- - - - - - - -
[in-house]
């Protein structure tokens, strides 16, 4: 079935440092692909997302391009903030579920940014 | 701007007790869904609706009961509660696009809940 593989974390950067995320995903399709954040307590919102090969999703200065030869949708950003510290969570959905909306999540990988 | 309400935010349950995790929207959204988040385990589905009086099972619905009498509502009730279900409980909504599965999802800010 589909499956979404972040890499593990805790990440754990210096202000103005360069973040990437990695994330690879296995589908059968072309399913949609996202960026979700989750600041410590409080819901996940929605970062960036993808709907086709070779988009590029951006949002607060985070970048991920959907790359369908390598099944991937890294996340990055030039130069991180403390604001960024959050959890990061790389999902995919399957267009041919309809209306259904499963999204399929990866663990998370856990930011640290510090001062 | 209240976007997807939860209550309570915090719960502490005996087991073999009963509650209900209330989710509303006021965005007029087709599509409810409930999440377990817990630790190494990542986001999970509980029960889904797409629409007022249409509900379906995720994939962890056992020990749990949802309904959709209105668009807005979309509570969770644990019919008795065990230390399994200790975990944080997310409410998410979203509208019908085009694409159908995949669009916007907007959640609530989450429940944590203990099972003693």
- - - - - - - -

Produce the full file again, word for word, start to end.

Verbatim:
[in-house]
């Protein structure tokens, strides 16, 4: 079935440092692909997302391009903030579920940014 | 701007007790869904609706009961509660696009809940 593989974390950067995320995903399709954040307590919102090969999703200065030869949708950003510290969570959905909306999540990988 | 309400935010349950995790929207959204988040385990589905009086099972619905009498509502009730279900409980909504599965999802800010 589909499956979404972040890499593990805790990440754990210096202000103005360069973040990437990695994330690879296995589908059968072309399913949609996202960026979700989750600041410590409080819901996940929605970062960036993808709907086709070779988009590029951006949002607060985070970048991920959907790359369908390598099944991937890294996340990055030039130069991180403390604001960024959050959890990061790389999902995919399957267009041919309809209306259904499963999204399929990866663990998370856990930011640290510090001062 | 209240976007997807939860209550309570915090719960502490005996087991073999009963509650209900209330989710509303006021965005007029087709599509409810409930999440377990817990630790190494990542986001999970509980029960889904797409629409007022249409509900379906995720994939962890056992020990749990949802309904959709209105668009807005979309509570969770644990019919008795065990230390399994200790975990944080997310409410998410979203509208019908085009694409159908995949669009916007907007959640609530989450429940944590203990099972003693």